European Space Agency Discovers 'Striking' Ancient River on Mars

The river is nearly 1,000 miles long and almost 1,000 feet deep at points.

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The European Space Agency announced Thursday that it has taken high-definition pictures of an ancient river nearly 1,000 miles long on Mars.

According to the report, the "striking" river also has "numerous tributaries" and is believed to be more than 4 miles wide and nearly 1,000 feet deep at some points. The agency believes that the river was carved by water between 1.8 and 3.5 billion years ago and went dry due to evaporation.

The agency has named the river Reull Vallis. The photos were taken with the ESA's Mars Express satellite last year.

[RELATED: Ancient Meteorite Suggests Mars Had Lots Of Water]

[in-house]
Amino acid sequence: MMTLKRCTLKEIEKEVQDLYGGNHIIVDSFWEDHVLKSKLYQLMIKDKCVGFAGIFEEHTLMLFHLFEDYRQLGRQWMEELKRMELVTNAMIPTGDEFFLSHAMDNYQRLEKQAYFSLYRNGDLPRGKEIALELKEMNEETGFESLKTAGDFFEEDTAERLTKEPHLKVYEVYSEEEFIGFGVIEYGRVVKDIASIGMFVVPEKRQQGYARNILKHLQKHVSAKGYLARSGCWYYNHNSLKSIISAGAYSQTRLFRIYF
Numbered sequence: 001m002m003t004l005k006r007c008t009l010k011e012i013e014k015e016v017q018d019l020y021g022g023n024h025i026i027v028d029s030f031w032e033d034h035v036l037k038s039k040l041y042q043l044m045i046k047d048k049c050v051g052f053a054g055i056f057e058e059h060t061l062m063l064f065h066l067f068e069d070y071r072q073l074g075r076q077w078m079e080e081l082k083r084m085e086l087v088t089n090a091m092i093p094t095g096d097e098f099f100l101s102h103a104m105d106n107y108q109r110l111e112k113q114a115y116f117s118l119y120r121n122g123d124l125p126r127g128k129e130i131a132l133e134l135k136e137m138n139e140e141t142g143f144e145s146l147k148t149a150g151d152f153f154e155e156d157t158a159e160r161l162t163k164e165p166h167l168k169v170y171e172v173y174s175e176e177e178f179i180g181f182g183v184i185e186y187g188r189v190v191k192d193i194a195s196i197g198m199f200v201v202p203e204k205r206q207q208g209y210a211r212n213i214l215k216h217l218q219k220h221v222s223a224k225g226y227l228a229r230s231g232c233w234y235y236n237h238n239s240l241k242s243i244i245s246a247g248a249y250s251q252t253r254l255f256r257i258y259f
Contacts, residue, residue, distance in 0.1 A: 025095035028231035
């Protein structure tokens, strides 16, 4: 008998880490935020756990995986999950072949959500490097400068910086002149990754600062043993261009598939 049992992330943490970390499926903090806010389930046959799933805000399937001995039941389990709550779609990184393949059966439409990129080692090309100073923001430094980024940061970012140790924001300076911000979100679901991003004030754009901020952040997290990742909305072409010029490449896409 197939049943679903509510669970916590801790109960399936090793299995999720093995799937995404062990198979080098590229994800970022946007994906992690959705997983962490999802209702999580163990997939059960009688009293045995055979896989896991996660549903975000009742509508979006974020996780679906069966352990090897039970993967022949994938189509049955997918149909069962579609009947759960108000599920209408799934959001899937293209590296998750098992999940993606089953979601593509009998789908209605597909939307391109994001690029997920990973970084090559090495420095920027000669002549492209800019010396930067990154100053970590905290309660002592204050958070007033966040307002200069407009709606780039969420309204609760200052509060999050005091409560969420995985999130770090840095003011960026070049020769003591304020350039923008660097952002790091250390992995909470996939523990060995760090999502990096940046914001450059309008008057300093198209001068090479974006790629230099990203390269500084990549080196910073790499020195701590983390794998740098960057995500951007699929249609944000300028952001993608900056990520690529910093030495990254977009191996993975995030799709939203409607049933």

"The region shows a striking resemblance to the morphology found in regions on Earth affected by glaciation," the ESA said in a statement. The discovery is "giving planetary geologists tantalizing glimpses of a past on the Red Planet not too dissimilar to events on our own world."

In September, NASA announced that its Curiosity Rover had discovered evidence of an "ancient stream" that "once ran vigorously" near the Gale Crater that the rover is exploring. According to that report, the stream may have been several feet deep.

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